4. Schmid, S., Götz, M. & Hugel, T. Single-Molecule Analysis beyond Dwell Times: Demonstration and Assessment in and out of Equilibrium. Biophys. J. 111, 1375–1384 (2016).
  5. Schmid, S., Götz, M. & Hugel, T. SMACKS tool. https://doi.org/10.5281/zenodo.5175389.
  6. Liu, Y., Park, J., Dahmen, K. A., Chemla, Y. R. & Ha, T. A Comparative Study of Multivariate and Univariate Hidden Markov Modelings in Time-Binned Single-Molecule FRET Data Analysis. J. Phys. Chem. B 114, 5386–5403 (2010).
  7. van de Meent, J.-W., Bronson, J. E., Wiggins, C. H. & L., G. J. R. Empirical Bayes Methods Enable Advanced Population-Level Analyses of Single-Molecule FRET Experiments. Biophys. J. 106, 1327–1337 (2014).
  8. Greenfeld, M., Pavlichin, D. S., Mabuchi, H. & Herschlag, D. Single Molecule Analysis Research Tool (SMART): An Integrated Approach for Analyzing Single Molecule Data. PLoS One 7, e30024 (2012).
  9. Kukura, P., Ewers, H., Müller, C., Renn, A., Helenius, A. & Sandoghdar, V. High-speed nanoscopic tracking of the position and orientation of a single virus. Nat. Methods 6, 923–927 (2009).
  10. Sorgenfrei, S., Chiu, C., Gonzalez, R. L., Yu, Y.-J., Kim, P., Nuckolls, C. & Shepard, K. L. Label-free single-molecule detection of DNA-hybridization kinetics with a carbon nanotube field-effect transistor. Nat Nano 6, 126–132 (2011).
  11. Choi, Y., Moody, I. S., Sims, P. C., Hunt, S. R., Corso, B. L., Perez, I., Weiss, G. A. & Collins, P. G. Single-Molecule Lysozyme Dynamics Monitored by an Electronic Circuit. Science (80-. ). 335, 319–324 (2012).
  12. Plesa, C., Kowalczyk, S. W., Zinsmeester, R., Grosberg, A. Y., Rabin, Y. & Dekker, C. Fast Translocation of Proteins through Solid State Nanopores. Nano Lett. 13, 658–663 (2013).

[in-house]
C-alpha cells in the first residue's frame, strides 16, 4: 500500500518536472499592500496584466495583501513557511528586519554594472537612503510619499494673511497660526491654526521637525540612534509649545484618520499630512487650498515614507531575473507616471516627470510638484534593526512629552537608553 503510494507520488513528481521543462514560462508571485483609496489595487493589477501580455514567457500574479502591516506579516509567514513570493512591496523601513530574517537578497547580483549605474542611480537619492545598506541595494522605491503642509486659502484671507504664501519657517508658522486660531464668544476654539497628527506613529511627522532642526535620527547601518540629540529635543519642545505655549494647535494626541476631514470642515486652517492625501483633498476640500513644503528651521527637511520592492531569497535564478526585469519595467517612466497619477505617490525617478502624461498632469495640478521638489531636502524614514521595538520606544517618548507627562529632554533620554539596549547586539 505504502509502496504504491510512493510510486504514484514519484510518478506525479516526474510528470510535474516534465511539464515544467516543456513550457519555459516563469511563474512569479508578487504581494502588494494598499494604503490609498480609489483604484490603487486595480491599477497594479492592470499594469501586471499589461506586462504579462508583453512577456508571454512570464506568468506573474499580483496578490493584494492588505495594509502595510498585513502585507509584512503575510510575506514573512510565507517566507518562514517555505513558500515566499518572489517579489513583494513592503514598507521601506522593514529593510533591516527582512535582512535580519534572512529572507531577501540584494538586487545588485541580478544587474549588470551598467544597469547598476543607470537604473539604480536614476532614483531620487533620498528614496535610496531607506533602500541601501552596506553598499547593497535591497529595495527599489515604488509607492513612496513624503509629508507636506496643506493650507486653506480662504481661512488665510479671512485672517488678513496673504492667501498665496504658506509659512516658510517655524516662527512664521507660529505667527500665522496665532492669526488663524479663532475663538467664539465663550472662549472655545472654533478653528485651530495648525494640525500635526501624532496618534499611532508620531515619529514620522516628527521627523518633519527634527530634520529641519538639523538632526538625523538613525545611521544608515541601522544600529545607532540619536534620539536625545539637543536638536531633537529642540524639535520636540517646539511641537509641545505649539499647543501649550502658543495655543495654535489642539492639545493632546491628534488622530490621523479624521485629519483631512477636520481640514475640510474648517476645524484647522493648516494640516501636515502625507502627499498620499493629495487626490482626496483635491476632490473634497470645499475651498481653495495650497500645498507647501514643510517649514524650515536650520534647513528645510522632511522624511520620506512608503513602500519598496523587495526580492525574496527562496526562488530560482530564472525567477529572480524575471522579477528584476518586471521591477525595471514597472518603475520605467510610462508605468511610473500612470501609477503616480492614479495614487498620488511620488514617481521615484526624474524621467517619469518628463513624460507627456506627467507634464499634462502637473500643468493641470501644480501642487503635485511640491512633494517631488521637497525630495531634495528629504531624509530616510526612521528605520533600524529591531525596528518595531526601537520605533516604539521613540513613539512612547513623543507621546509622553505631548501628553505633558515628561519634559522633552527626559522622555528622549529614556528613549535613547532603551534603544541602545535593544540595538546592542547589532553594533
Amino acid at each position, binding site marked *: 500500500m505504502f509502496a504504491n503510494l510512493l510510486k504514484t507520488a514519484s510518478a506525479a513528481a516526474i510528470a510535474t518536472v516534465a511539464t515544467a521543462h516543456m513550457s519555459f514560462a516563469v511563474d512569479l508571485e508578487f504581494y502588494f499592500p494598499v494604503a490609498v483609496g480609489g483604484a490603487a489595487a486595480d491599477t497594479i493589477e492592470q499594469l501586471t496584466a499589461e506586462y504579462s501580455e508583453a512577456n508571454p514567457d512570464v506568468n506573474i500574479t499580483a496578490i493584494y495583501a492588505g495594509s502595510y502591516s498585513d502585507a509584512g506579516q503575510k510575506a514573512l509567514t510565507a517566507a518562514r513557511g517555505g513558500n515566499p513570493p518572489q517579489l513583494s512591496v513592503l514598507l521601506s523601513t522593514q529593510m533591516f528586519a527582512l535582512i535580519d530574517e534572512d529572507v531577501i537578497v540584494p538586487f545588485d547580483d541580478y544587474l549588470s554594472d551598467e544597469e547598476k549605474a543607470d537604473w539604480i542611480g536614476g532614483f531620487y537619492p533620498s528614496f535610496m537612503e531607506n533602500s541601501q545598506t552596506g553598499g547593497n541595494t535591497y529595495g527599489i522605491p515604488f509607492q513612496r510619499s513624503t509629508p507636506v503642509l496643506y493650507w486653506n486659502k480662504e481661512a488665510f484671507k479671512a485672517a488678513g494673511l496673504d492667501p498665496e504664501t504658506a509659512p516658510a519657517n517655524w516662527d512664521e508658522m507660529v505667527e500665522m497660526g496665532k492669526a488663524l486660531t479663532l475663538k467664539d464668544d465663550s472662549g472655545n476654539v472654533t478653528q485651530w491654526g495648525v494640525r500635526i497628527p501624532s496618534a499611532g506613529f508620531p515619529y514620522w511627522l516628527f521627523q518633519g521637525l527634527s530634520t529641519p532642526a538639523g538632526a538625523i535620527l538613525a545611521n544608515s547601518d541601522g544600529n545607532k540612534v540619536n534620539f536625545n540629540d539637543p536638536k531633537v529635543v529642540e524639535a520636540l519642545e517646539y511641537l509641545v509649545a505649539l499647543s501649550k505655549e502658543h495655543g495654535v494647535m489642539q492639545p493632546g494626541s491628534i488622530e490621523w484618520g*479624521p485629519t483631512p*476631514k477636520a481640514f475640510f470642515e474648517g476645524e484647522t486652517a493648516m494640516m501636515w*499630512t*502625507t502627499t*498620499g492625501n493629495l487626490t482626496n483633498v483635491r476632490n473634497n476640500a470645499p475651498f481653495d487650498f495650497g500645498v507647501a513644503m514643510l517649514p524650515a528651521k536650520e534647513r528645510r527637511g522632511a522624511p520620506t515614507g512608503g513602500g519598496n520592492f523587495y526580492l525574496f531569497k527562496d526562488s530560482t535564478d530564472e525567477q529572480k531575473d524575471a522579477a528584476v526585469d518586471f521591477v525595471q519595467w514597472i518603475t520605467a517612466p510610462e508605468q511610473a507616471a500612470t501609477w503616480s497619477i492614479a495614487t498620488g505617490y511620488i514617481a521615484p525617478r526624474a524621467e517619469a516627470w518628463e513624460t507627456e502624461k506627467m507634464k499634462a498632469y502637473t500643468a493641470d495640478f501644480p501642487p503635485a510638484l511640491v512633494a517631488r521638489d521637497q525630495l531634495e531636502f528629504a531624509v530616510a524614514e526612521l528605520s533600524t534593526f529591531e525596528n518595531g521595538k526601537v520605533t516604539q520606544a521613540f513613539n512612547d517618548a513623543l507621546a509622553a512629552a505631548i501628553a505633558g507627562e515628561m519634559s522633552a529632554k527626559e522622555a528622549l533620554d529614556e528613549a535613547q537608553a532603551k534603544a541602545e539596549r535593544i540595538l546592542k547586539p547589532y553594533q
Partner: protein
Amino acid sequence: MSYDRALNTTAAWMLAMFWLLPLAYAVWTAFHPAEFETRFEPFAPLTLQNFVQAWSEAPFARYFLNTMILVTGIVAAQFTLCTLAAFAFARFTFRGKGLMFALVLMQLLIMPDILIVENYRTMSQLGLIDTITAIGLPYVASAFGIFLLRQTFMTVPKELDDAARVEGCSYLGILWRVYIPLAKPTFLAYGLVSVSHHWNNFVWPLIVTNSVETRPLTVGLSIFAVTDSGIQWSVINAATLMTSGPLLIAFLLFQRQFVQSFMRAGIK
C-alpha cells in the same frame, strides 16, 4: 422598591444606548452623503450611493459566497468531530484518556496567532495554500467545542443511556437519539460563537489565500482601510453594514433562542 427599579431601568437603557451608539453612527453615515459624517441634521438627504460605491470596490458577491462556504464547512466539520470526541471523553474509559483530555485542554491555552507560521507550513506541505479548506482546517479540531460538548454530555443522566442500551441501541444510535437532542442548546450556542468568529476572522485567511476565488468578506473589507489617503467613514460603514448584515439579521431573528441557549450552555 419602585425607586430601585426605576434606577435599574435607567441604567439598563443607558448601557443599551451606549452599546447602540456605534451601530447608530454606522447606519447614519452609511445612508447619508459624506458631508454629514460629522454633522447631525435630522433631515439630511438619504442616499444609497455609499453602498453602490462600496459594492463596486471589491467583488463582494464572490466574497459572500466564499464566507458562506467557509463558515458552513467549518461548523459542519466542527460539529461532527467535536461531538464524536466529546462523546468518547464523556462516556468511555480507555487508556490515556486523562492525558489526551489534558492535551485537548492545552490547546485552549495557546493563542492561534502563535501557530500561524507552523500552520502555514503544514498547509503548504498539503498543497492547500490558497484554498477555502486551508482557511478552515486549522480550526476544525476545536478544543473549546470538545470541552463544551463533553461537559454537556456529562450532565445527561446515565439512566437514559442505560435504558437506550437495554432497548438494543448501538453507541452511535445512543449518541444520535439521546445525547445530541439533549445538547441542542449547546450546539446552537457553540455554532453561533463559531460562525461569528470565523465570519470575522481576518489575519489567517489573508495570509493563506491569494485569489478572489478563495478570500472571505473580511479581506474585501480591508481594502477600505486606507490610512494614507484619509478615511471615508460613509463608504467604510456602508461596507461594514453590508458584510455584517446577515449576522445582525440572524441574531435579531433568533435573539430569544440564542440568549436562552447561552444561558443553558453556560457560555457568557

13. Fragasso, A., Schmid, S. & Dekker, C. Comparing Current Noise in Biological and Solid-State Nanopores. ACS Nano 14, 1338–1349 (2020).
  14. Ruoshan, W., G., M. T., Ulrich, R. & Hendrik, D. DNA Origami Gatekeepers for Solid‐State Nanopores. Angew. Chemie Int. Ed. 51, 4864–4867 (2012).
  15. Plesa, C., Ananth, A. N., Linko, V., Gülcher, C., Katan, A. J., Dietz, H. & Dekker, C. Ionic Permeability and Mechanical Properties of DNA Origami Nanoplates on Solid-State Nanopores. ACS Nano 8, 35–43 (2014).
  16. Li, C.-Y., Hemmig, E. A., Kong, J., Yoo, J., Hernández-Ainsa, S., Keyser, U. F. & Aksimentiev, A. Ionic Conductivity, Structural Deformation, and Programmable Anisotropy of DNA Origami in Electric Field. ACS Nano 9, 1420–1433 (2015).
  17. Kopatz, I., Zalk, R., Levi-Kalisman, Y., Zlotkin-Rivkin, E., Frank, G. A. & Kler, S. Packaging of DNA origami in viral capsids. Nanoscale 11, 10160–10166 (2019).
  18. Schmid, S. & Dekker, C. The NEOtrap – en route with a new single-molecule technique. iScience 103007, (2021).

Sonja Schmid

Assistant Professor, WUR